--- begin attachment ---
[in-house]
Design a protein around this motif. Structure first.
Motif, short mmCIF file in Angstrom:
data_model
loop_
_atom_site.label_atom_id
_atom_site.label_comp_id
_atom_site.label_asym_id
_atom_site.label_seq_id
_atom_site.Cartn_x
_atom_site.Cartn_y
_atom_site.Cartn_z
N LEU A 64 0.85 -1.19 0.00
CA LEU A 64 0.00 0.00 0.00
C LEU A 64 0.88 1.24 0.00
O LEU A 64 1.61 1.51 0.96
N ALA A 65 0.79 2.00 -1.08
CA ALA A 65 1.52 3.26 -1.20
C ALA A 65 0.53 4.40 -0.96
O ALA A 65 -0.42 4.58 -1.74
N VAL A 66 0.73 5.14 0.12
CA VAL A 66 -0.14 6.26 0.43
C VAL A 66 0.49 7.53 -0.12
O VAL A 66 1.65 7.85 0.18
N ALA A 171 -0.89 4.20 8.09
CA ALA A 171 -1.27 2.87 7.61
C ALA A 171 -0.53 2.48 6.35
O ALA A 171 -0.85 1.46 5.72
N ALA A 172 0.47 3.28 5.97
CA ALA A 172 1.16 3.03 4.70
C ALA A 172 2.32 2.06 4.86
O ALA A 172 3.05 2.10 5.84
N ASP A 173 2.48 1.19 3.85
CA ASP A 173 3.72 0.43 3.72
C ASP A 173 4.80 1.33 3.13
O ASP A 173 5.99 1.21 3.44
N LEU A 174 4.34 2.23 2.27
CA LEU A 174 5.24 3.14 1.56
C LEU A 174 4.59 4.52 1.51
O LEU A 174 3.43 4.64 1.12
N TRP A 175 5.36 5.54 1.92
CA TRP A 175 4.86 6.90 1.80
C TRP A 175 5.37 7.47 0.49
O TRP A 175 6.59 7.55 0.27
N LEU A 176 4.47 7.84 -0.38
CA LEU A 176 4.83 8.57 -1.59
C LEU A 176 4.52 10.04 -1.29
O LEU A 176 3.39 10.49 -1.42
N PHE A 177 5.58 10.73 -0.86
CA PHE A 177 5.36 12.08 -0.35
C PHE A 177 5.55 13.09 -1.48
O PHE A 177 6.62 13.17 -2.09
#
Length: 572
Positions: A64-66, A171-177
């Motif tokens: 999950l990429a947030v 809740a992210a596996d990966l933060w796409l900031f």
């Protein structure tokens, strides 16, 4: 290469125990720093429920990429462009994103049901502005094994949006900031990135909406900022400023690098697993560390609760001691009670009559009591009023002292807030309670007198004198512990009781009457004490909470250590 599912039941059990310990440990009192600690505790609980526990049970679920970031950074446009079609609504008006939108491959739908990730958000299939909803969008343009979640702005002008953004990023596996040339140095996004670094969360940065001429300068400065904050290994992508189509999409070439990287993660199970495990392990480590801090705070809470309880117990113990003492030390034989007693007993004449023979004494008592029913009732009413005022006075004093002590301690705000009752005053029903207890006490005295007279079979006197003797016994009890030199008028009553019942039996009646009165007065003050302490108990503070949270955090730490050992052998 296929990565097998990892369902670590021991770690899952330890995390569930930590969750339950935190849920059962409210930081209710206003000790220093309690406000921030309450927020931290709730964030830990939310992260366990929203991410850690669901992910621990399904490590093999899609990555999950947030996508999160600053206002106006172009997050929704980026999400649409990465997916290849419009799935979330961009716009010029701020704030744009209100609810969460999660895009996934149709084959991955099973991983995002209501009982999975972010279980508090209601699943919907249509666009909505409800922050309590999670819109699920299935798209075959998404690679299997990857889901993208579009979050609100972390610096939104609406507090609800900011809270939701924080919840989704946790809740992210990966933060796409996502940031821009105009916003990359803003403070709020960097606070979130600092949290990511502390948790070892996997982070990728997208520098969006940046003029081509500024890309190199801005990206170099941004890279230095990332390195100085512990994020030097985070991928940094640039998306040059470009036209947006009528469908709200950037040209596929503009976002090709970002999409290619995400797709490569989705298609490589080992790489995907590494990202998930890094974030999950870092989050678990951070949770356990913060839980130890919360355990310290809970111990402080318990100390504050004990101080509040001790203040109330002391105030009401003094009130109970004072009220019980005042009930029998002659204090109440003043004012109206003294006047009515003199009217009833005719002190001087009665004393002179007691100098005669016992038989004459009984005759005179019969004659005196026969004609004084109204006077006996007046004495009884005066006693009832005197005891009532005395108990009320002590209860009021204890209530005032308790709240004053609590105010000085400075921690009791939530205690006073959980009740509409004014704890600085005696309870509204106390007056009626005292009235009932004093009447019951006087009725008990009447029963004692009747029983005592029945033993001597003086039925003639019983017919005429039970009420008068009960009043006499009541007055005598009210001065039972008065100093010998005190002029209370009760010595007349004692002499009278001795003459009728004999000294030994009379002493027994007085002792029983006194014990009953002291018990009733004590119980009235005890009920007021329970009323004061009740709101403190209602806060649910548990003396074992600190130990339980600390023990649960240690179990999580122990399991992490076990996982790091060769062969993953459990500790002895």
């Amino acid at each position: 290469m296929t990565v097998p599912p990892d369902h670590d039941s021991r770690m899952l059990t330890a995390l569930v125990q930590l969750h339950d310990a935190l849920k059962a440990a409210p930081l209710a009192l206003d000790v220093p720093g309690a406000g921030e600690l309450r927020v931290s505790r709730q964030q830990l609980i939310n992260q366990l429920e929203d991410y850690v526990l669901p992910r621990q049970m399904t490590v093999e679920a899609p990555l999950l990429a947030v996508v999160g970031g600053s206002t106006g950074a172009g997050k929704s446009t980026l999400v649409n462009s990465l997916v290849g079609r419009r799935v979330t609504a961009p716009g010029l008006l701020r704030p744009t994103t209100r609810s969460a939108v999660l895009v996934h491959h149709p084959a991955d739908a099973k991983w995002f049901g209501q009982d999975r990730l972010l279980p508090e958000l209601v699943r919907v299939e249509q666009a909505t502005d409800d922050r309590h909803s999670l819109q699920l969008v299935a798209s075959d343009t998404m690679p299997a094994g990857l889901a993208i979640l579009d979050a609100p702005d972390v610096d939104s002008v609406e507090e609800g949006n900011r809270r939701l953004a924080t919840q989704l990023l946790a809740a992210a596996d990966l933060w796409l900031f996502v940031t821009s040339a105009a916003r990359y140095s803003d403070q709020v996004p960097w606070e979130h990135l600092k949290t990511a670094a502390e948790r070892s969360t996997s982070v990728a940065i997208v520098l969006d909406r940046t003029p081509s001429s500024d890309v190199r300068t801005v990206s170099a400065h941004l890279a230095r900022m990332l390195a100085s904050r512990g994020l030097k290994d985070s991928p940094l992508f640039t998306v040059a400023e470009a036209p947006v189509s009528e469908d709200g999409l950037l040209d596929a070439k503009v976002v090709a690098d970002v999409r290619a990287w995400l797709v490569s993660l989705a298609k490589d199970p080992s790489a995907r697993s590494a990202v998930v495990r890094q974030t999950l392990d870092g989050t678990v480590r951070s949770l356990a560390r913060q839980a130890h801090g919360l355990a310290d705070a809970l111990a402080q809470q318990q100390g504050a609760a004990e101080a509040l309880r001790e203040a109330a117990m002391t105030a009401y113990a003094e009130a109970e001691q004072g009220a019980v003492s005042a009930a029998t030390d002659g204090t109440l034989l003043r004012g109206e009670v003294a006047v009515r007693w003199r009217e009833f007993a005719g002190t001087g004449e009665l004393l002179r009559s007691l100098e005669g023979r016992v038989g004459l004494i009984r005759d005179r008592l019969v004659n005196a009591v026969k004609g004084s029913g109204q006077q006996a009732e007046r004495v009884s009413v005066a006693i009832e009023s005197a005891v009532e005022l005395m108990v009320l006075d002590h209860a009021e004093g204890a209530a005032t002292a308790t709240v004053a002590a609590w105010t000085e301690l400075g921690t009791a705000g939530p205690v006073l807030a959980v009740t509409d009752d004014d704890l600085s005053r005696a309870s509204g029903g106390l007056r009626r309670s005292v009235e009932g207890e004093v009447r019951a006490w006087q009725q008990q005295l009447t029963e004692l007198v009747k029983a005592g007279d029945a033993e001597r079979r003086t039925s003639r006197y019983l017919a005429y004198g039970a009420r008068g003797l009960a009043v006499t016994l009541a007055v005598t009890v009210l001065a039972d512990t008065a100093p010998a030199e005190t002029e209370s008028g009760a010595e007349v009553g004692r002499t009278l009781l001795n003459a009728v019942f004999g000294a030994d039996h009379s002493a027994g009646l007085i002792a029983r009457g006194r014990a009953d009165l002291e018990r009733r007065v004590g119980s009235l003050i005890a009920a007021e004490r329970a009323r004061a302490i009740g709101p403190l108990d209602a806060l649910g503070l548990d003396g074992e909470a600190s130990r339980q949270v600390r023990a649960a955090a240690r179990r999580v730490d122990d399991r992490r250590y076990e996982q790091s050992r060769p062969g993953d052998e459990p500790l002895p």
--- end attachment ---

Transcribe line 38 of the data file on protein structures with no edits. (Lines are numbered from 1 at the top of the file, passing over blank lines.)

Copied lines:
CA LEU A 174 5.24 3.14 1.56